You are currently viewing our desktop site, do you want to download our app instead?
Moneyweb Android App Moneyweb iOS App Moneyweb Mobile Web App
Join our mailing list to receive top business news every weekday morning.

Broker vs financial advisor: which one should you consider?

Questions to ask before entering into such a relationship, to guide you towards your financial goals: David Kop, Financial Planning Institute of Southern Africa.

NOMPU SIZIBA: Financial advice plays an important role in guiding individuals on the best way to save and achieve a broad range of financial goals. But which professional are you likely to get the most value from, who really focuses on your needs and the best products in the marketplace that will be suitable for your plans?

To give us a view on things, especially around the distinction between financial product advisors and financial planners, I’m joined on the line by David Kop, the director of relevance at the Financial Planning Institute of Southern Africa.

Thank you so much, David, for joining us. Why does the term “broker” no longer have relevance in the financial planning industry?

DAVID KOP: We think that “broker” is maybe a bit of an outdated term from the days when financial advice was all about selling products. I think what we’ve seen is that financial planning specifically has transformed from an industry to a profession. There’s been a lot of work to professionalise, in terms of the regulatory space, where the regulations have moved on from the days when just about anyone could be come a financial advisor, with very specific education and experience requirements in place.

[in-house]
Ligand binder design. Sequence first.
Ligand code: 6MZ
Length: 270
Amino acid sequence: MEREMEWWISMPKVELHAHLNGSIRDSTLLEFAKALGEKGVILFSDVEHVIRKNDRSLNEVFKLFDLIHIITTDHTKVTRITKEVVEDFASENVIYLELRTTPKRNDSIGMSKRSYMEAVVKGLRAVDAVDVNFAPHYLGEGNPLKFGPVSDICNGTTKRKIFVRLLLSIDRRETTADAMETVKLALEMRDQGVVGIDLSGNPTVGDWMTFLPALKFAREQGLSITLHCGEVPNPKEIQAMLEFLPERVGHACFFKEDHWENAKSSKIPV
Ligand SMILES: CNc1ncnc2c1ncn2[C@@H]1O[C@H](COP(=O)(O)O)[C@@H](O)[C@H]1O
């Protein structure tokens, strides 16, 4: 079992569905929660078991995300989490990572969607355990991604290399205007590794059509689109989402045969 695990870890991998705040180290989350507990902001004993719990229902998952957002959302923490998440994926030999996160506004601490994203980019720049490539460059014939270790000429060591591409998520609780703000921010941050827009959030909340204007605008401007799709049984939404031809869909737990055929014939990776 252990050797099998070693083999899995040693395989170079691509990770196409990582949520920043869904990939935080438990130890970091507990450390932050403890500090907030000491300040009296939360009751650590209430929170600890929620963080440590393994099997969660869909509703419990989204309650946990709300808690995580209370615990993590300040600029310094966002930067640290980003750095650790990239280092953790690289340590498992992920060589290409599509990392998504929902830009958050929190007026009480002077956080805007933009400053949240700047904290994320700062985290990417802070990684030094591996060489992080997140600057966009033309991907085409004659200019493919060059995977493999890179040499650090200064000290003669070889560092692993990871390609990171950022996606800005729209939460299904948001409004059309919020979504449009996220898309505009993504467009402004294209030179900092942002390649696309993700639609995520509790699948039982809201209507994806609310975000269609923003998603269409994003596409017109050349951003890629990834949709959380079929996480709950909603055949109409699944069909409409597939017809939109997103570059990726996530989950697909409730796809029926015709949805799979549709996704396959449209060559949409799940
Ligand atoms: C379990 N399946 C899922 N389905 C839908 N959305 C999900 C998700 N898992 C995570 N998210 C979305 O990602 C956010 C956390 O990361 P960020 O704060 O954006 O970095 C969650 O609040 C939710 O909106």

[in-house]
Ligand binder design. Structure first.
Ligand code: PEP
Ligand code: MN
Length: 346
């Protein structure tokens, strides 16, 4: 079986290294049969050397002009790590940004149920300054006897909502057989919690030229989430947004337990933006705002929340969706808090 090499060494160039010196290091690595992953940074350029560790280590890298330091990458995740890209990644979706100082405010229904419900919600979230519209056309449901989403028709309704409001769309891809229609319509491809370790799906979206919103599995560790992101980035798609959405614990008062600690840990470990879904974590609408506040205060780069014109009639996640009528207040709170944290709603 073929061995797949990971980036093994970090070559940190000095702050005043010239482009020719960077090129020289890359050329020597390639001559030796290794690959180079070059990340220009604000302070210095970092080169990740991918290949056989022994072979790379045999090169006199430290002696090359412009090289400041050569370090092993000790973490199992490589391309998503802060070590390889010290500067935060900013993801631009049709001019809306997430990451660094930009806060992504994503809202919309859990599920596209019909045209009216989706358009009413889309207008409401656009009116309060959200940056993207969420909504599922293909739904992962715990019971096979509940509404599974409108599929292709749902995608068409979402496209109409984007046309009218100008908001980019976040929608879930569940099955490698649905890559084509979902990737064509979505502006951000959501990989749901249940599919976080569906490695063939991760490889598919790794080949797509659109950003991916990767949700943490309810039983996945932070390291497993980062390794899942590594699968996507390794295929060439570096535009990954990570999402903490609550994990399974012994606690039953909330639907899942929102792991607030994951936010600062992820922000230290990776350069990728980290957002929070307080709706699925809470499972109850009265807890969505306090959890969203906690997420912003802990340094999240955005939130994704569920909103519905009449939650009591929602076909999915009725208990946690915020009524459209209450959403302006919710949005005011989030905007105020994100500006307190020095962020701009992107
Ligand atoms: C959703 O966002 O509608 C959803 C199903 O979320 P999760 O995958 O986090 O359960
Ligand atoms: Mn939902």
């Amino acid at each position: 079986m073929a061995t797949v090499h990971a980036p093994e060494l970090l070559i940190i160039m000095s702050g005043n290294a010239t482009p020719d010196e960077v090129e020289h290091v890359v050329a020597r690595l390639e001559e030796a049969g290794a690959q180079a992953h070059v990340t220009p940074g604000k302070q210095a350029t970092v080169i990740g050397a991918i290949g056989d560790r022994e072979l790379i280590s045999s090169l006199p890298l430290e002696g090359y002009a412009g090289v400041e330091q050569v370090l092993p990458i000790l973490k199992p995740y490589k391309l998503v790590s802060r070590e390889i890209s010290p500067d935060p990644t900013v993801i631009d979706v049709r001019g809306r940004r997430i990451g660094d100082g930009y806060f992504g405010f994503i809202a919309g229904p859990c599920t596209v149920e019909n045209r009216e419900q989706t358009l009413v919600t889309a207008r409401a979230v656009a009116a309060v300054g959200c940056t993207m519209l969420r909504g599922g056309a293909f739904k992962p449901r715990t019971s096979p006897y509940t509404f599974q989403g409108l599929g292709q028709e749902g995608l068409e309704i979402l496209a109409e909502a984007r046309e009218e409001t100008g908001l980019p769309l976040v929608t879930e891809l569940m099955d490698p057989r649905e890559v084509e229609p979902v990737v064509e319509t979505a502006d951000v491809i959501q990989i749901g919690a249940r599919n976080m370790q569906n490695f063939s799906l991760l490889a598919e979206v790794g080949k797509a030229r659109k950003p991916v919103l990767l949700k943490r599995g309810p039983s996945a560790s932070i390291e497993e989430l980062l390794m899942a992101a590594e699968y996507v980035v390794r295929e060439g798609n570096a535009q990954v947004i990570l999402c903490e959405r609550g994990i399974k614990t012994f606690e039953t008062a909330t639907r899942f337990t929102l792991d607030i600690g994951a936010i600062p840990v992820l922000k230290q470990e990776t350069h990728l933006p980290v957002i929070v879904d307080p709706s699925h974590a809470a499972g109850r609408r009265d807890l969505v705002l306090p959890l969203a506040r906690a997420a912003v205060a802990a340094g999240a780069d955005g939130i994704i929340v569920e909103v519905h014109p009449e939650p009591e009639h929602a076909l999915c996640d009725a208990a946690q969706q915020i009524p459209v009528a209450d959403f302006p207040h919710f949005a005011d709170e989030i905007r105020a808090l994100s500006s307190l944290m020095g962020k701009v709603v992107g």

And then, in addition to the regulatory requirements, there are many financial advisors out there who go further than what’s required by the regulation, and get a professional designation, such as the CFP Professional, the FSA Professional, or the RFP Professional issued by the Financial Planning Institute in South Africa.

Read: Ask your advisor what they do, not who employs them

NOMPU SIZIBA: So what do we mean when we talk about “holistic” financial planning, and typically what sort of interrogation should a financial planner be making as they try to ascertain your needs and your goals?

DAVID KOP: I think that the important bit about holistic financial planning is, before a financial planner actually starts talking to you about your money, they find out a little bit more about you. So, in order to provide you ongoing and personalised financial planning advice, it’s very important that the plan actually understands your values, where you come from, and what your goals and dreams are as as a person.

Once they understand that, then you can start getting to the money side of things.  I think the first part of a holistic financial plan is understanding your spending habits. So, doing your budget is probably the cornerstone of a holistic financial plan, so you understand what the economic resources are. You also understand exactly what the person’s goals, dreams, and hopes are, and then you can take the two and merge them together. So you can say, well, based on what your goals are, we can then look at what your current financial position is, and how we move you from your current position to your desired future state.